Skip to main content

Cardiomyopathy: Types and Treatments

Cardiomyopathy types

Cardiomyopathy types


Cardiomyopathy is a condition that affects the muscle of the heart (myocardium), which can lead to heart failure. My mother passed away about two years ago from this condition; however, she was treated with medication for many years prior to her death.

This condition can cause an enlarged heart and the muscle to harden or thicken over time. Your heart can not effectively pump blood to your body when this occurs. Cardiomyopathy will eventually lead to complete heart failure.

Males or females can have cardiomyopathy, but it is more common in males. It is also more common in blacks than whites. There may be one in every five hundred people with this condition.

Types of Cardiomyopathy

There are several types of cardiomyopathy, including:

  • Dilated cardiomyopathy causes enlarged blood-pumping chambers
  • Hypertrophic cardiomyopathy causes the heart muscle to thicken.
  • Arrhythmogenic right ventricular dysplasia (ARVD) causes irregular heart rhythms.
  • Restrictive cardiomyopathy causes your heart muscle to scar and/or stiffen.
  • Transthyretin amyloid cardiomyopathy (ATTR-CM) occurs due to an abnormal protein buildup in the left ventricle (primary blood-pumping chamber).
Here are the types of cardiomyopathy.

Here are the types of cardiomyopathy.

Causes of Cardiomyopathy

There are several possible causes of cardiomyopathy, and they include:

  • Coronary artery disease
  • Heart attack (myocardial infarction)
  • Certain medicines, like chemotherapy
  • Viral infections
  • Long-term rapid heart rate
  • Heart valve disorders
  • Covid 19 infection
  • Complications of pregnancy
  • Metabolic disorders (thyroid disease, obesity or diabetes)
  • Lack of essential vitamins or minerals (vitamin B-1, thiamin)
  • Iron buildup in the heart muscle (hemochromatosis)
  • Abnormal protein buildup in the organs (amyloidosis)
  • Growth of tiny lumps of inflammatory cells (granulomas) in any part of the body, like the lungs or the heart
  • Connective tissue disorder

There are several other possible risk factors that can increase your risk of cardiomyopathy, including:

  • Long-term high blood pressure (hypertension)
  • Family history of cardiomyopathy, heart failure and sudden cardiac arrest
  • Obesity
  • Abuse of alcohol (long term)
  • Illicit drug use, such as cocaine, amphetamines and anabolic steroids


Sometimes there are no symptoms in the earlier stages of cardiomyopathy. Eventually, there are several possible signs or symptoms, including:

  • Shortness of breath, even at rest
  • Swelling of the legs, feet and ankles
  • Coughing when lying down
  • Abdominal bloating due to fluid buildup
  • Fatigue
  • Difficulty lying flat to sleep
  • Chest pressure or discomfort
  • Heartbeats feeling like rapid, pounding or fluttering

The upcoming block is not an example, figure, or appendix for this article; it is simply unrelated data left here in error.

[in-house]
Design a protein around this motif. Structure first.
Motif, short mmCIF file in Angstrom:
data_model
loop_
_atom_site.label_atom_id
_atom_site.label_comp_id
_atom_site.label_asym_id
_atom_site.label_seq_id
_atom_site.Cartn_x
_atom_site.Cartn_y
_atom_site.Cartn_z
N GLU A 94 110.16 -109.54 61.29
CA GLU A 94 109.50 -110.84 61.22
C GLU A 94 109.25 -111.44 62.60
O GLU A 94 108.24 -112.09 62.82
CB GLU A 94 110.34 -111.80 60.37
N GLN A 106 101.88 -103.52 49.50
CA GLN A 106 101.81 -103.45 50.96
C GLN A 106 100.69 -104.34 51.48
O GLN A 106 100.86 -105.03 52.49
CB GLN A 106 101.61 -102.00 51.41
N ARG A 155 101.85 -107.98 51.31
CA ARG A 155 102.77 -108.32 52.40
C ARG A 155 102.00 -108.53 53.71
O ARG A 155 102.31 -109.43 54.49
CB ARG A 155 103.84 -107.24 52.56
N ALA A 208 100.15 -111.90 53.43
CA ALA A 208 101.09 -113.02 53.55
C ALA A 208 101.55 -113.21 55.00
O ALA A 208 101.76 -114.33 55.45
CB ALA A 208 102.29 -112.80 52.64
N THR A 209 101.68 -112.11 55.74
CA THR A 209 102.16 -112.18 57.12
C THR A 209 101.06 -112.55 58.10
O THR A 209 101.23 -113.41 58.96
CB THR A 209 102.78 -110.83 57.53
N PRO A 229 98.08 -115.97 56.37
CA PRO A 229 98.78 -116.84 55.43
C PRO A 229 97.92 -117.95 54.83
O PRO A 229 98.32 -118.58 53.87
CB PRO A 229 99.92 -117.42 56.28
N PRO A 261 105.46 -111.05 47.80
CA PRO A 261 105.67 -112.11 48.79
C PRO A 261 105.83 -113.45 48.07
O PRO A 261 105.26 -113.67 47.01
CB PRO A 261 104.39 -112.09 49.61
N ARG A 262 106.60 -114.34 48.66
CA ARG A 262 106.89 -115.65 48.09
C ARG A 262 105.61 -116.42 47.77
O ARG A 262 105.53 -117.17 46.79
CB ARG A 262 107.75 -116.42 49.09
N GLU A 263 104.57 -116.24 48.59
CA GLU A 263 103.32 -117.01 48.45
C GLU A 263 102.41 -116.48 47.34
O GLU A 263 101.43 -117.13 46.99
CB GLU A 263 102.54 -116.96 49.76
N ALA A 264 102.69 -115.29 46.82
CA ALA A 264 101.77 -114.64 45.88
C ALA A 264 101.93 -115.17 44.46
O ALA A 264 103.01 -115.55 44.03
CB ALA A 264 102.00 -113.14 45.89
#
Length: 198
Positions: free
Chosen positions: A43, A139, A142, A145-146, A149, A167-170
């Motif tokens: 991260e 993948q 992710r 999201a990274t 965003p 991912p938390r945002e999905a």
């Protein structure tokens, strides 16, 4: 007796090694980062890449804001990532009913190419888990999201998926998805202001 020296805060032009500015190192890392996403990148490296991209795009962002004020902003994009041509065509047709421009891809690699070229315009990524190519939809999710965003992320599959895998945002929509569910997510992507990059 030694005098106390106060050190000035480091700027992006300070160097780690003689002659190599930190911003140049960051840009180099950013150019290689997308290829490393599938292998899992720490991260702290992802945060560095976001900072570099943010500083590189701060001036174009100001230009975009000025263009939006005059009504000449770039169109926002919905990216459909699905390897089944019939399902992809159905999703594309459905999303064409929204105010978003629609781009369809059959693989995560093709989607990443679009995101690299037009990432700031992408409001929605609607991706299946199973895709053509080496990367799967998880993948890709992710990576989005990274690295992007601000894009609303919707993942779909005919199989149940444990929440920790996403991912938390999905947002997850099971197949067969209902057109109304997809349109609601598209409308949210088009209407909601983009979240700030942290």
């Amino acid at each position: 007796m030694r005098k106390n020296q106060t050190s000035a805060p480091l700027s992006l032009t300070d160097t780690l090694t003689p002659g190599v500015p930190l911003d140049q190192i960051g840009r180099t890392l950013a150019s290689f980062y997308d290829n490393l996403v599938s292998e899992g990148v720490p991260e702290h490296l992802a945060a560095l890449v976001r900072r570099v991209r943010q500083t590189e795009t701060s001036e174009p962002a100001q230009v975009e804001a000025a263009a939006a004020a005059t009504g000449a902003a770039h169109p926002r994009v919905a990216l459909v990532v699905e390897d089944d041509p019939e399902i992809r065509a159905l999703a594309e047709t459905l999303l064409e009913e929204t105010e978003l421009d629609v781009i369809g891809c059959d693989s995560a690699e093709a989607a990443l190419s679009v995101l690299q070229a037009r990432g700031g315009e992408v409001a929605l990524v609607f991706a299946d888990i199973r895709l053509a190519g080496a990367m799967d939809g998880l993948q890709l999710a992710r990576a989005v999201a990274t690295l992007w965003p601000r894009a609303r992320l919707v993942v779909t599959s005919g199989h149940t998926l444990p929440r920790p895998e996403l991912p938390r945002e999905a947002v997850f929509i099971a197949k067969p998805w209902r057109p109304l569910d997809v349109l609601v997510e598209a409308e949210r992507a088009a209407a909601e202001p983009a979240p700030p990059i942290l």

• Dizziness, lightheadedness and fainting


Several diagnostic tests may be ordered by your physician. They include:

  • Blood tests
  • Chest X-ray to check the size of your heart and lungs and to look for fluid in or around the lungs.
  • Electrocardiogram (ECG or EKG), which records the heart rhythm.
  • (Holter monitor) to record your heart rhythm for a day or two.
  • An echocardiogram is the most important test to diagnose cardiomyopathy. It checks for an enlarged left ventricle and evaluates the amount of blood pumped by the heart.
  • Exercise stress test requires walking on the treadmill or riding a stationary bike while attached to an ECG.
  • MRI or CT scan reveals the size and function of the heart.
  • Cardiac catheterization allows the doctor to measure pressure in your heart and get a muscle biopsy to look for muscle damage.
  • Genetic screening or counseling as your doctor may suggest screening other family members.
Idiopathic Cardiomyopathy

Idiopathic Cardiomyopathy


Cardiomyopathy symptoms tend to worsen without treatment. Cardiomyopathy can worsen more quickly in some people. There are numerous medications and treatments. Doctors typically treat this disease with a combination of medications.

Medications are used to improve blood flow, control symptoms and treat underlying conditions, such as:

  • Blood thinners are prescribed, such as warfarin (Coumadin), to prevent blood clots.
  • Beta-blocker medications such as propranolol (Inderal) are used to lower blood pressure and slow heart rate.
  • Angiotensin-converting enzyme (ACE) inhibitors may be used to widen blood vessels that improve heart function.
  • Diuretics (water pills) are often prescribed to remove excess fluid and salt from the body and will decrease fluid in the lungs.

Sometimes devices that correct arrhythmias are necessary, like pacemakers or implantable cardioverter defibrillators (ICDs). The ICDs send an electrical impulse to control heart arrhythmias. The left ventricular assist device (LVAD) is a mechanical device that is used for patients awaiting a heart transplant.

If all the above treatments fail, surgery may be the only option.

Final Thoughts

Cardiomyopathy often has no symptoms initially. Symptoms may appear slowly, and treatments usually control the symptoms for a long period of time. As with any disease, a healthy lifestyle will help prevent this disease.


This content is accurate and true to the best of the author’s knowledge and does not substitute for diagnosis, prognosis, treatment, prescription, and/or dietary advice from a licensed health professional. Drugs, supplements, and natural remedies may have dangerous side effects. If pregnant or nursing, consult with a qualified provider on an individual basis. Seek immediate help if you are experiencing a medical emergency.

© 2021 Pamela Oglesby